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I have a Mac OS X Snow Leopard Server as my network router. Is it possible to set a global host in its /etc/hosts file, like:

127.0.0.1      www.foo.bar

that redirects all requests (e.g. browsing www.foo.bar) from the whole network to that IP? So I don't have to set it at all client machines?

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2 Answers 2

The hosts file is simply something local to a machine.

Therefore, if you have a computer that queries www.foo.bar, it will first look in its host file, find nothing then query its DNS server. The DNS will look in its local zones, find nothing and send a recursive query (?... need to double check) to it's linked DNS servers and then if it finds nothing, it will send a query to the root zones.

At no point are DNS services on a machine influenced by their own hosts file. So if you add it, it will simply be for the server and only the server.

That being said, IF that server is the DNS server for the network, you can easily insert a new zone for foo.bar and an A/Cname record for www or just *, followed by a value of 127.0.0.1, this should do what you want for the entire network.

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Not generally. Resolving is done on the host -- meaning if you lookup www.foo.bar on machine A, it's machine A's resolving rules that determine the IP for that address, not the router's.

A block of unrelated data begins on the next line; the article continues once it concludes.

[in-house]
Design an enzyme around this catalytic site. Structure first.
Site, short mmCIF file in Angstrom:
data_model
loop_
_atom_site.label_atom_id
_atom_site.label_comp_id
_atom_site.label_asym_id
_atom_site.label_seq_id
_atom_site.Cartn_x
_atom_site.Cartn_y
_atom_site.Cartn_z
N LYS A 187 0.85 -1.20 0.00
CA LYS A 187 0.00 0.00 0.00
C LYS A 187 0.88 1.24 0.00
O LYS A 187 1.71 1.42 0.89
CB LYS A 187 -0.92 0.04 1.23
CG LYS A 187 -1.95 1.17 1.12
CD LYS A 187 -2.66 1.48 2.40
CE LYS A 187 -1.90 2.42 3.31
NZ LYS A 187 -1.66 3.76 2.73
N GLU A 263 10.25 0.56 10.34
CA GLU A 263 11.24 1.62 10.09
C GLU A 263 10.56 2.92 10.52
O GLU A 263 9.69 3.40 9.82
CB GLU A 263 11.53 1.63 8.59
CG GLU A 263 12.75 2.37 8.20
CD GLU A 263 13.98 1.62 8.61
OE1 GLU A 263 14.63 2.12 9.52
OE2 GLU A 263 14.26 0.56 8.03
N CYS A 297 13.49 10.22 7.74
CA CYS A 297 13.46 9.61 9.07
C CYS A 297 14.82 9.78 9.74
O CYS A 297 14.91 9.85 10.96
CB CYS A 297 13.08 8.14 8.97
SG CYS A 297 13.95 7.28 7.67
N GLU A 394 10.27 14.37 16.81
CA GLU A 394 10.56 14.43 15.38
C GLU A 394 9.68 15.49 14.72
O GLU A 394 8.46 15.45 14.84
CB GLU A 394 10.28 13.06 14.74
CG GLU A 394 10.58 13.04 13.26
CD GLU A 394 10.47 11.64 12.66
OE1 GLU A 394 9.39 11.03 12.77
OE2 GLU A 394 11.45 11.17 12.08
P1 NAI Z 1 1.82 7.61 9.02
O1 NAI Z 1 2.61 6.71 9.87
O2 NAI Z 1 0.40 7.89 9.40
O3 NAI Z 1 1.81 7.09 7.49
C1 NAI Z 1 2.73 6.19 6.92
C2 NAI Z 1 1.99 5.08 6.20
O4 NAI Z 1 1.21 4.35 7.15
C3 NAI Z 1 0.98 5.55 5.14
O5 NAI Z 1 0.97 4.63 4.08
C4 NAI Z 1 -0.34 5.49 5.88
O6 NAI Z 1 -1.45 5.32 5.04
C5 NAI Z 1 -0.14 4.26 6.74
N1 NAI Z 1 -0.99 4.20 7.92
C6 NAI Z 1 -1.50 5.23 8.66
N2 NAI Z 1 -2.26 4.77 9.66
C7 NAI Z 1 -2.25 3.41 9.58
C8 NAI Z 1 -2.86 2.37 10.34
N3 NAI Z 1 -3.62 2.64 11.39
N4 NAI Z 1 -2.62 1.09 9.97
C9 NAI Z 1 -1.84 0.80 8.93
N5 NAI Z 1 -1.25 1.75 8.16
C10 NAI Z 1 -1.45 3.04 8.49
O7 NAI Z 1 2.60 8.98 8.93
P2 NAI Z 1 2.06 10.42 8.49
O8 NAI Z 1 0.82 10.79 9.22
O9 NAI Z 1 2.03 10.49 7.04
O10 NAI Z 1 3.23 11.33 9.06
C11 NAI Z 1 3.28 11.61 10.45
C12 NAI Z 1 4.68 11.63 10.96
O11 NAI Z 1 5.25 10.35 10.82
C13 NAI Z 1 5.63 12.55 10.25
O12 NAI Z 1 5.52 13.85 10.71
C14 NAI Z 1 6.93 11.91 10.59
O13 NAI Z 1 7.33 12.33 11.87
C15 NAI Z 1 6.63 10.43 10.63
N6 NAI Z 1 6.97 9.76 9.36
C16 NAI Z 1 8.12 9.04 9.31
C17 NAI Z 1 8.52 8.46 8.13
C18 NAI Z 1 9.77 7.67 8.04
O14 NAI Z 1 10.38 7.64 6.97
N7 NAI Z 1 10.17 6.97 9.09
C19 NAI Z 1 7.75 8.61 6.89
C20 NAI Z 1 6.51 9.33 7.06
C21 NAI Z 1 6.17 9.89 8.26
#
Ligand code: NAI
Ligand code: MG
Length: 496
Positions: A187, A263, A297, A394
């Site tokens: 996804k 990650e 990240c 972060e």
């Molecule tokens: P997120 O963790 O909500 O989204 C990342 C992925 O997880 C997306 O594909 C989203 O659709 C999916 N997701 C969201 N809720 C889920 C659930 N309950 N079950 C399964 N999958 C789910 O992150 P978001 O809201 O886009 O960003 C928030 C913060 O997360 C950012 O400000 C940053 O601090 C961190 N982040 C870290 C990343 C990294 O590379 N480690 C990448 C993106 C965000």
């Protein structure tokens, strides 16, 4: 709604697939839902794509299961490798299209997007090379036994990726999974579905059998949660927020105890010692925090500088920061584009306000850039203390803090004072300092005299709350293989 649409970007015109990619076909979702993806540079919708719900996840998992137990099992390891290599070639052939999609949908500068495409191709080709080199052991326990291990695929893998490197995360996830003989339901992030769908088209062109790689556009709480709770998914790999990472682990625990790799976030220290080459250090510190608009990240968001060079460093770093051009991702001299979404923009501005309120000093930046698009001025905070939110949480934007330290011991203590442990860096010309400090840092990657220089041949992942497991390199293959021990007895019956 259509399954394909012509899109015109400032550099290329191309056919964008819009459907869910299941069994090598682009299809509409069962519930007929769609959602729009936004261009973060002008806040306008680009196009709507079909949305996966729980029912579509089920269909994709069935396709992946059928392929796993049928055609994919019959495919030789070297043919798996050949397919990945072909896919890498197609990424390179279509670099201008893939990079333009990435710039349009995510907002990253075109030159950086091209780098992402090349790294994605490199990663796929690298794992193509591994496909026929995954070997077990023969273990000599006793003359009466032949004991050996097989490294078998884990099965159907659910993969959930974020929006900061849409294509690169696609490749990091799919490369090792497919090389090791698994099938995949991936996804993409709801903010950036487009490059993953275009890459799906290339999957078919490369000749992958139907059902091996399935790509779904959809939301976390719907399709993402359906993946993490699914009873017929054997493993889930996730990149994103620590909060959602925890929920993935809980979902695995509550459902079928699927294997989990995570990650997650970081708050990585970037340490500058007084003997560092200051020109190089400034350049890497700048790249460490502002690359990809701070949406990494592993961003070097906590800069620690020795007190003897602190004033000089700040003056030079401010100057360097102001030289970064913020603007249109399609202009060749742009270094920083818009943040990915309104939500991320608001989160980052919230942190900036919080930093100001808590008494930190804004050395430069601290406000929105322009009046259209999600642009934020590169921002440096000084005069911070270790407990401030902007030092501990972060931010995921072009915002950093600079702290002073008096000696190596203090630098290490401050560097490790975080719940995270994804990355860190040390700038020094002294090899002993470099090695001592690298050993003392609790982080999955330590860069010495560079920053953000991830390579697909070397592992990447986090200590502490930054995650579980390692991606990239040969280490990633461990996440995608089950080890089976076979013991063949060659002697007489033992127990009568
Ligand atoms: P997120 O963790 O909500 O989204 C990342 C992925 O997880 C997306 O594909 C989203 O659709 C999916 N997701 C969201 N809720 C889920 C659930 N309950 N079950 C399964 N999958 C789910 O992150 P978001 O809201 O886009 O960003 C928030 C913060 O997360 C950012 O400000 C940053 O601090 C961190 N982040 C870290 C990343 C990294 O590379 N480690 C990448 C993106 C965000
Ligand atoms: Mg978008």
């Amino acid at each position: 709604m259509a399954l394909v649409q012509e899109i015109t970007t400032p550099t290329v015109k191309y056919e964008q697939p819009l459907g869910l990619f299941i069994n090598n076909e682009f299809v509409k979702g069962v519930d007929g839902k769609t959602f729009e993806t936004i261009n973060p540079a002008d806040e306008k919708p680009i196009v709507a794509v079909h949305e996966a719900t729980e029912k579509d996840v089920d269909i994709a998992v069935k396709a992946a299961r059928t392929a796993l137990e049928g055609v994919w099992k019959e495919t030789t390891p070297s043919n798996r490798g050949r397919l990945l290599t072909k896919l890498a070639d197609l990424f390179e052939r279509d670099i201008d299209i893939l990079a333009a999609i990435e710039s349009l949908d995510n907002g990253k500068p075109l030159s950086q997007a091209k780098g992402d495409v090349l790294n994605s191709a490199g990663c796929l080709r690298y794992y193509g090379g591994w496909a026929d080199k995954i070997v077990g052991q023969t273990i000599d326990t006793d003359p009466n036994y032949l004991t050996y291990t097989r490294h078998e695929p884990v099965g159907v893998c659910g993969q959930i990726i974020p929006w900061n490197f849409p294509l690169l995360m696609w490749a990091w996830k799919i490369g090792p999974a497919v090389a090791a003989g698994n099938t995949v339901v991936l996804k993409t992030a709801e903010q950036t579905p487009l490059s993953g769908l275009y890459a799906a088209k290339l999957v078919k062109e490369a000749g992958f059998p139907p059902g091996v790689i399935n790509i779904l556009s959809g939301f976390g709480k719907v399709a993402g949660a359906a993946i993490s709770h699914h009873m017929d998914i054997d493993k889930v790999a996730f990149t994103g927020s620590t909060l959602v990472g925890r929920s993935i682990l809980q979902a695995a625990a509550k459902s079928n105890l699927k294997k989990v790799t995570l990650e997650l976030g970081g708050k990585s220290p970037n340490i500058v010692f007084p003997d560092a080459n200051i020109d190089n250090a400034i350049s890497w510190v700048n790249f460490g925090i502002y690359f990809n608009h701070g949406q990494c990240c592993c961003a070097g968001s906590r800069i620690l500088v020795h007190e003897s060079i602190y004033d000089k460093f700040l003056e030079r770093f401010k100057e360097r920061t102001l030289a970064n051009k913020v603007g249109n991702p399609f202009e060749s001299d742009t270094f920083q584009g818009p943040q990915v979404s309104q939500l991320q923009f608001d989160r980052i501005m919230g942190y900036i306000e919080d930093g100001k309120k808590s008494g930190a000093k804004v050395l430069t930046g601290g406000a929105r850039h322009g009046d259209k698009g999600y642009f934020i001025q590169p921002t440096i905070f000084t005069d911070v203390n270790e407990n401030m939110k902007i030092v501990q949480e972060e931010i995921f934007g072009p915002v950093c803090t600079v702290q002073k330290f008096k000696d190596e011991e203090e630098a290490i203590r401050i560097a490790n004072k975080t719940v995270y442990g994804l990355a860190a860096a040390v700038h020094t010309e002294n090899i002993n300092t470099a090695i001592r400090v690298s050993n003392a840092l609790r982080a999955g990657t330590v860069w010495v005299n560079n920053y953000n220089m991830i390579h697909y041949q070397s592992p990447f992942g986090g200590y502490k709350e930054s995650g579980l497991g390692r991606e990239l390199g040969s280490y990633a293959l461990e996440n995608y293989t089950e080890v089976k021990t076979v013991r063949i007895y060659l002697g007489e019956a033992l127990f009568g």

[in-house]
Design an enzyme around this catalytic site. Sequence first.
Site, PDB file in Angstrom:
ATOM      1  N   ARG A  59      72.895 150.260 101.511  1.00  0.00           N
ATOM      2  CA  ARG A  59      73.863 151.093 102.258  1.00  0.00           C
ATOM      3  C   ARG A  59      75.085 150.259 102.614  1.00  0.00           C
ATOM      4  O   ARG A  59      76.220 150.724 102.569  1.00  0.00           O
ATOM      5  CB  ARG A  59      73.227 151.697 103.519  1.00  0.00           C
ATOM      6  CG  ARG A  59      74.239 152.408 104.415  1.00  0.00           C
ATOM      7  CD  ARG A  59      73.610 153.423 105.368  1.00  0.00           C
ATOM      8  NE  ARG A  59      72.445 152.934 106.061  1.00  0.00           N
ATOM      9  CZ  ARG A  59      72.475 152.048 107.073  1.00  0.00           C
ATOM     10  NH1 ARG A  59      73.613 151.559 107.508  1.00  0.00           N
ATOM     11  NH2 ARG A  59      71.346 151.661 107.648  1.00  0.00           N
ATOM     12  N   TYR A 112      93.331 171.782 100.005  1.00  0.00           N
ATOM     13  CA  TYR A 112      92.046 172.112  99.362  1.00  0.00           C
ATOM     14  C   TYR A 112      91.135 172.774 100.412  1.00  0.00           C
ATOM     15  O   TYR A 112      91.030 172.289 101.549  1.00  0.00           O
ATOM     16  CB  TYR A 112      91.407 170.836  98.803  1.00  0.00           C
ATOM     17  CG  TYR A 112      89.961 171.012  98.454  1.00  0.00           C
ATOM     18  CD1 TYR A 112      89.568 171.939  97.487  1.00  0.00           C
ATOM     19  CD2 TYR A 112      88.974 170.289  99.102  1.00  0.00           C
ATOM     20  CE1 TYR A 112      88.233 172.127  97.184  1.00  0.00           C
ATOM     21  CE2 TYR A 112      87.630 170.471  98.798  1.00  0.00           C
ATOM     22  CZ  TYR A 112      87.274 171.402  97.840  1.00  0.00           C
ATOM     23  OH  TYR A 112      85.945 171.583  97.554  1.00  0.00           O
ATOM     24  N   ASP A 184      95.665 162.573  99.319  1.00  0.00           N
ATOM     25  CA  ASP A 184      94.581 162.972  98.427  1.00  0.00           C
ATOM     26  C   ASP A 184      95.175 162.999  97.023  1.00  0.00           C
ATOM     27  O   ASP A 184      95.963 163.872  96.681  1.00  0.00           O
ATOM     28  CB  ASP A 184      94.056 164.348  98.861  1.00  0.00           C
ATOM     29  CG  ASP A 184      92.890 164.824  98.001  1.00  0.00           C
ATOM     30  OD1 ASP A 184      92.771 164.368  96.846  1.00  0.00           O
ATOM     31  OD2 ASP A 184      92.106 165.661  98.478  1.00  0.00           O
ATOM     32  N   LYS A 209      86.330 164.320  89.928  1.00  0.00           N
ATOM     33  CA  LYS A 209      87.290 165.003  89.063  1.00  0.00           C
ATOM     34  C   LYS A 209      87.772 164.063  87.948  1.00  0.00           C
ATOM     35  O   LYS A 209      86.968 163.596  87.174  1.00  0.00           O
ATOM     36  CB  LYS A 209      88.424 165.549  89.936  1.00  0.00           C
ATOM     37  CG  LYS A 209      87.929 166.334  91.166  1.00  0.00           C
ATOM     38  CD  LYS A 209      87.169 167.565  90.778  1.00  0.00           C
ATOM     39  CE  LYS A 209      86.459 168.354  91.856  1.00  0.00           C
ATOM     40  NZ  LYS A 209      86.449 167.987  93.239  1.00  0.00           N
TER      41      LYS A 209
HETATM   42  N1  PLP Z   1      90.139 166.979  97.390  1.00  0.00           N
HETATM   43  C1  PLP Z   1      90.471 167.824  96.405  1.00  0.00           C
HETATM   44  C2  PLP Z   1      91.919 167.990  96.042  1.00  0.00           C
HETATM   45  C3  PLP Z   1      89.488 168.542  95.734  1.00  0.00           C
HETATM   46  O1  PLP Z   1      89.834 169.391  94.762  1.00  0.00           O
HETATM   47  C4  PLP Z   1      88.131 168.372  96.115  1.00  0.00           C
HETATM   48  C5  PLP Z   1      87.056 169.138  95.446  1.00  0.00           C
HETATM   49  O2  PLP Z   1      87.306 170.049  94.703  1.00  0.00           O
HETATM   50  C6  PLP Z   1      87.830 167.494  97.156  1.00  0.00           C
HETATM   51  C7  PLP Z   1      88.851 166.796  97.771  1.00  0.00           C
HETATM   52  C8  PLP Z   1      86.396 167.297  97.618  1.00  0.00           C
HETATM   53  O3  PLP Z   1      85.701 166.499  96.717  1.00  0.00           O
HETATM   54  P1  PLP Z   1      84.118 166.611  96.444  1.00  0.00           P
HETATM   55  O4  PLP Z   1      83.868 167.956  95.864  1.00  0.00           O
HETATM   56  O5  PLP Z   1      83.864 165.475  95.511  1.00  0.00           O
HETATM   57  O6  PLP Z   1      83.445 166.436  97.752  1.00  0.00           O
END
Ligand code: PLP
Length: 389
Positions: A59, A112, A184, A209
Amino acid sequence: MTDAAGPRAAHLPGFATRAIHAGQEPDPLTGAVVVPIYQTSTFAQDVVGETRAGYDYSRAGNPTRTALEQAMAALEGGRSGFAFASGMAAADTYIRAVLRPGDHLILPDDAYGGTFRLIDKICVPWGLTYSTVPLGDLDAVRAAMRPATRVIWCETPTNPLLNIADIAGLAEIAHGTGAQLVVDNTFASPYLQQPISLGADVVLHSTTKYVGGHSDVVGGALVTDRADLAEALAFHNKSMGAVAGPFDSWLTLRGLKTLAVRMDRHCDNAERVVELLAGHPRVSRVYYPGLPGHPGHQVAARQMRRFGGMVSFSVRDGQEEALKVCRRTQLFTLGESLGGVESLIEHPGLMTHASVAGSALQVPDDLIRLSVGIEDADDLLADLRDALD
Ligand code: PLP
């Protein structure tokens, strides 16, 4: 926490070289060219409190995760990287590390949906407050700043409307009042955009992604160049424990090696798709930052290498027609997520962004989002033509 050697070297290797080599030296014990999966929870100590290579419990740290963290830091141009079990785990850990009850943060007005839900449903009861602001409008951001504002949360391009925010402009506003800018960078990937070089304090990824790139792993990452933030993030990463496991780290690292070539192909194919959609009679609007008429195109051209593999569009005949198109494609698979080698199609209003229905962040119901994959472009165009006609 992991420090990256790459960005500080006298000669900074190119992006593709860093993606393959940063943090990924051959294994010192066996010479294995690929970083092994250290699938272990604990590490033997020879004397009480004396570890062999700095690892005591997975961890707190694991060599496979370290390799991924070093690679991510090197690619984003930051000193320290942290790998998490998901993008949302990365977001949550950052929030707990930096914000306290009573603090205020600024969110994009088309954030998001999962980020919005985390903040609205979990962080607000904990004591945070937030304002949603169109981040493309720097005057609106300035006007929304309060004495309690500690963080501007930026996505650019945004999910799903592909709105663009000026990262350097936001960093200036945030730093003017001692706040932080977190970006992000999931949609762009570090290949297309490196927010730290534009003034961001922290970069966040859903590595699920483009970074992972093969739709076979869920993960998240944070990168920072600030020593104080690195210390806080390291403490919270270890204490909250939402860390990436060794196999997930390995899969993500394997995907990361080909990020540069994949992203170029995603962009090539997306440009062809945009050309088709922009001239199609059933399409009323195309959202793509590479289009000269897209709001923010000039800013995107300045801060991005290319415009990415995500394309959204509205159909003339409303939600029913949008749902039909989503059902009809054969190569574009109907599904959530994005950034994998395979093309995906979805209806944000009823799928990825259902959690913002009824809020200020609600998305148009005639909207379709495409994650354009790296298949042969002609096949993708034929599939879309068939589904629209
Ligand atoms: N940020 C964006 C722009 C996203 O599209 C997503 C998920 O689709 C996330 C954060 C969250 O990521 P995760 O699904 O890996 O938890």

Machine A will check its own hosts file, and then it'll check with DNS. (Other resolving systems could be in use.)

If your router serves as the local DNS for your network, then you can enforce this -- either through local zone records, if you are using a full-on DNS server like BIND, or by specially configuring a caching DNS server like DNSmasq to check its local hosts file first.

For DNSmasq (commonly used on OpenWRT and DD-WRT router firmwares), add expand-hosts to the /etc/dnsmasq.conf file to enable this functionality.

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